Sept. 30 (Bloomberg) -- Spain is considering using Treasury cash instead of bank loans to pay off as much as 7 billion euros ($9.5 billion) of commercial debts on behalf of regional governments and town halls, according to two people familiar with the matter.
Government officials are considering this option to reduce the reliance on banks, which financed the program last year, as funding conditions in the bond markets are improving, said one of the people, who asked not to be named before a decision on the matter. Officials still have to decide how much of the cash will come from the Treasury and how much from banks, the person said.
Spain borrowed about 35 billion euros from 26 banks in May last year to finance the first part of the plan, which aims to channel liquidity to companies threatened by local administrations that haven’t paid their bills. Since then, the yield on Spanish bonds has tumbled and the Treasury’s cash reserves have risen 65 percent, allowing officials to bypass the banking system and use cheaper market funding.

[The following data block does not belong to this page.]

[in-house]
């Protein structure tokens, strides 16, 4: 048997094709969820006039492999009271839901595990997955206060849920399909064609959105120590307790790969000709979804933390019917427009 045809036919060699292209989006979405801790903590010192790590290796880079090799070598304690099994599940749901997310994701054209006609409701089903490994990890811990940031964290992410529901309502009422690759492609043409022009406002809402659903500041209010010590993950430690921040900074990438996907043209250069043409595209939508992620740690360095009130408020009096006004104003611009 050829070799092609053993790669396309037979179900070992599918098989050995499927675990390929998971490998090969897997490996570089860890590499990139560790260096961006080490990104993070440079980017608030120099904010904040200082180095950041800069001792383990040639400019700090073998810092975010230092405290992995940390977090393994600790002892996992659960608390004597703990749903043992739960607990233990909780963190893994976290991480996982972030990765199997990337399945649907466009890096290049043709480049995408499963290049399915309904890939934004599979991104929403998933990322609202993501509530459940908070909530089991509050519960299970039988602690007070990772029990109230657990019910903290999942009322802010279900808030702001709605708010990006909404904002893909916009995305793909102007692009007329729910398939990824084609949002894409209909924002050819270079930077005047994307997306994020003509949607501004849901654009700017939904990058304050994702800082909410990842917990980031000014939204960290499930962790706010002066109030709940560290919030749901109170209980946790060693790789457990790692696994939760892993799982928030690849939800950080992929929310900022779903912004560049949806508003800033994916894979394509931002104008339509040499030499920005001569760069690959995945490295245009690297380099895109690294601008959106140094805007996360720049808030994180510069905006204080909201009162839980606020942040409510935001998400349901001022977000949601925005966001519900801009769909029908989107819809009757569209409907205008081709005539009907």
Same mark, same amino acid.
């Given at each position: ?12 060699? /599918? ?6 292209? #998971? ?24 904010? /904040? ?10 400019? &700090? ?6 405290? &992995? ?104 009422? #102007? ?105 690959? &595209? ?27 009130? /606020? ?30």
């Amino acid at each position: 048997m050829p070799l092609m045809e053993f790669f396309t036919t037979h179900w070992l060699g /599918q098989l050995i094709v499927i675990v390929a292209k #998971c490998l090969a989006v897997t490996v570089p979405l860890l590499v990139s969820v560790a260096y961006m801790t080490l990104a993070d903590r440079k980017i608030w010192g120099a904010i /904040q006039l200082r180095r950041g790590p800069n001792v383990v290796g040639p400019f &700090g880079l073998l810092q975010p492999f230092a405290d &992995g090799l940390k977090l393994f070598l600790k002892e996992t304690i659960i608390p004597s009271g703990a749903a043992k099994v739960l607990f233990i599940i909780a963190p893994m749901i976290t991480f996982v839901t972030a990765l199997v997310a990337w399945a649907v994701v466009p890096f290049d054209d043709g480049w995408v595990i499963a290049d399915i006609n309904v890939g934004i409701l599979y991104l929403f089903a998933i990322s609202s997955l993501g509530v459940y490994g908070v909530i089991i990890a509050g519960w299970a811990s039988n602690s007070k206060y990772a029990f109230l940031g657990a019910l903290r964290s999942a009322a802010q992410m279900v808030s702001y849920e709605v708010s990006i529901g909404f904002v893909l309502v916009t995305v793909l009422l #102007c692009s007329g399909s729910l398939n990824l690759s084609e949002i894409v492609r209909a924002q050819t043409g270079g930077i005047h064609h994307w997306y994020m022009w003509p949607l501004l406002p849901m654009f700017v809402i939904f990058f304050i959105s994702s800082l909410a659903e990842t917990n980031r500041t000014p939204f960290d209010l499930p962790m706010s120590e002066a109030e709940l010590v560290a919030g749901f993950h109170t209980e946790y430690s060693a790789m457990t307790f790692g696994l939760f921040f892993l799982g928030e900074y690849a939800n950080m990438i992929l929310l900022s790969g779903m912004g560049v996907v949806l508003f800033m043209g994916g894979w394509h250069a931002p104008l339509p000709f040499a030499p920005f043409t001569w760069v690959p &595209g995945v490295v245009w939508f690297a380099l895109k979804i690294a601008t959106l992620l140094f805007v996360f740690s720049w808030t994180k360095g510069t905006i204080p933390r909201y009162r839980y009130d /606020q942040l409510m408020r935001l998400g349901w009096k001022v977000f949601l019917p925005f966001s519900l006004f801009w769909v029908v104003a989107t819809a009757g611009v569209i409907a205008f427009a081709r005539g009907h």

A spokesman for the Economy Ministry, which runs the Treasury, declined to comment when contacted by Bloomberg News.
The government expects to make the payments in November, one of the people said. The Budget Ministry has to review the adjustment plans submitted by the regions and local authorities next month before the payments can be made to suppliers, said a ministry spokesman who asked not to be named in line with government policy.
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